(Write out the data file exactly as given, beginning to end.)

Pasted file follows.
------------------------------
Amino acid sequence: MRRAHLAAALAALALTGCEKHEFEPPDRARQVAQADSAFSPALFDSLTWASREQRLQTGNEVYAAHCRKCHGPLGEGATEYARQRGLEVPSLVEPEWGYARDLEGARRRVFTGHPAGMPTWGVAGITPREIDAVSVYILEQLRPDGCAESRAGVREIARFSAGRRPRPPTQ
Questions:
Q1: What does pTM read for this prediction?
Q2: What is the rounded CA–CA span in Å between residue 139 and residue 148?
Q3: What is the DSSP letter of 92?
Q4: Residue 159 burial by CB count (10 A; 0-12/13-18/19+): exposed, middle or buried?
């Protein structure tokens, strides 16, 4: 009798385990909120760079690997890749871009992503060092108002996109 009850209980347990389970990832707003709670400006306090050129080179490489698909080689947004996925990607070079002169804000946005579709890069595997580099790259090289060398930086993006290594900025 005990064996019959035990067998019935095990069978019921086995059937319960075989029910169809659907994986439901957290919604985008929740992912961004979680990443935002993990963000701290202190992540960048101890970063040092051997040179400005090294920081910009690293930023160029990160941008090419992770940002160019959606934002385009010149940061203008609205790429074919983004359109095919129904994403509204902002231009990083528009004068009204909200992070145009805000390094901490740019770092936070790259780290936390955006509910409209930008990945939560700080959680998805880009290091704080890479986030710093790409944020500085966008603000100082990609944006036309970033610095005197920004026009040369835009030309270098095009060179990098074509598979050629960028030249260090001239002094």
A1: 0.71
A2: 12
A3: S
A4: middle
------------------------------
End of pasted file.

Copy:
Amino acid sequence: MRRAHLAAALAALALTGCEKHEFEPPDRARQVAQADSAFSPALFDSLTWASREQRLQTGNEVYAAHCRKCHGPLGEGATEYARQRGLEVPSLVEPEWGYARDLEGARRRVFTGHPAGMPTWGVAGITPREIDAVSVYILEQLRPDGCAESRAGVREIARFSAGRRPRPPTQ
Questions:
Q1: What does pTM read for this prediction?
Q2: What is the rounded CA–CA span in Å between residue 139 and residue 148?
Q3: What is the DSSP letter of 92?
Q4: Residue 159 burial by CB count (10 A; 0-12/13-18/19+): exposed, middle or buried?
């Protein structure tokens, strides 16, 4: 009798385990909120760079690997890749871009992503060092108002996109 009850209980347990389970990832707003709670400006306090050129080179490489698909080689947004996925990607070079002169804000946005579709890069595997580099790259090289060398930086993006290594900025 005990064996019959035990067998019935095990069978019921086995059937319960075989029910169809659907994986439901957290919604985008929740992912961004979680990443935002993990963000701290202190992540960048101890970063040092051997040179400005090294920081910009690293930023160029990160941008090419992770940002160019959606934002385009010149940061203008609205790429074919983004359109095919129904994403509204902002231009990083528009004068009204909200992070145009805000390094901490740019770092936070790259780290936390955006509910409209930008990945939560700080959680998805880009290091704080890479986030710093790409944020500085966008603000100082990609944006036309970033610095005197920004026009040369835009030309270098095009060179990098074509598979050629960028030249260090001239002094």
A1: 0.71
A2: 12
A3: S
A4: middle